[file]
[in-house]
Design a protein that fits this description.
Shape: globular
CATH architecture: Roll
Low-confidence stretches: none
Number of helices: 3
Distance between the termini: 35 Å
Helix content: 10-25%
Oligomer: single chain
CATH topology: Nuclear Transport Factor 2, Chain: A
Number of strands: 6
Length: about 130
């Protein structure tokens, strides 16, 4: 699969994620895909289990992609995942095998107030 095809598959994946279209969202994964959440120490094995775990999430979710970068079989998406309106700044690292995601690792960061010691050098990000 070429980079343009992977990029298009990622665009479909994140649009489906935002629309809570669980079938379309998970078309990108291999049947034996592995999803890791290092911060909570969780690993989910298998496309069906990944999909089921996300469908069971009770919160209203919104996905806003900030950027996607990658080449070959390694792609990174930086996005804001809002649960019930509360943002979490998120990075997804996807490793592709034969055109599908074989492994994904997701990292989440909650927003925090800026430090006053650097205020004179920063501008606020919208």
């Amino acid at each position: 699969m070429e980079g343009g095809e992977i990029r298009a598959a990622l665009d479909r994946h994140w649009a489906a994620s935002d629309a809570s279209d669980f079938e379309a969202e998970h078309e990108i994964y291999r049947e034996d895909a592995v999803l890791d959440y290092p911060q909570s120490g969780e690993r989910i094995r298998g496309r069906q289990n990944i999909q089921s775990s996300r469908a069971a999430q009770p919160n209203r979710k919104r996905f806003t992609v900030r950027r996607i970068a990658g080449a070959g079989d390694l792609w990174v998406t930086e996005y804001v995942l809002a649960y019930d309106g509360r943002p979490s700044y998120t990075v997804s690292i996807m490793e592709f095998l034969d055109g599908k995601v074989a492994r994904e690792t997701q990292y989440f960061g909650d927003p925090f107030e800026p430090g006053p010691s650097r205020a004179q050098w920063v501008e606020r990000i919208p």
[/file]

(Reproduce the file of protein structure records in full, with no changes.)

[in-house]
Design a protein that fits this description.
Shape: globular
CATH architecture: Roll
Low-confidence stretches: none
Number of helices: 3
Distance between the termini: 35 Å
Helix content: 10-25%
Oligomer: single chain
CATH topology: Nuclear Transport Factor 2, Chain: A
Number of strands: 6
Length: about 130
């Protein structure tokens, strides 16, 4: 699969994620895909289990992609995942095998107030 095809598959994946279209969202994964959440120490094995775990999430979710970068079989998406309106700044690292995601690792960061010691050098990000 070429980079343009992977990029298009990622665009479909994140649009489906935002629309809570669980079938379309998970078309990108291999049947034996592995999803890791290092911060909570969780690993989910298998496309069906990944999909089921996300469908069971009770919160209203919104996905806003900030950027996607990658080449070959390694792609990174930086996005804001809002649960019930509360943002979490998120990075997804996807490793592709034969055109599908074989492994994904997701990292989440909650927003925090800026430090006053650097205020004179920063501008606020919208």
């Amino acid at each position: 699969m070429e980079g343009g095809e992977i990029r298009a598959a990622l665009d479909r994946h994140w649009a489906a994620s935002d629309a809570s279209d669980f079938e379309a969202e998970h078309e990108i994964y291999r049947e034996d895909a592995v999803l890791d959440y290092p911060q909570s120490g969780e690993r989910i094995r298998g496309r069906q289990n990944i999909q089921s775990s996300r469908a069971a999430q009770p919160n209203r979710k919104r996905f806003t992609v900030r950027r996607i970068a990658g080449a070959g079989d390694l792609w990174v998406t930086e996005y804001v995942l809002a649960y019930d309106g509360r943002p979490s700044y998120t990075v997804s690292i996807m490793e592709f095998l034969d055109g599908k995601v074989a492994r994904e690792t997701q990292y989440f960061g909650d927003p925090f107030e800026p430090g006053p010691s650097r205020a004179q050098w920063v501008e606020r990000i919208p």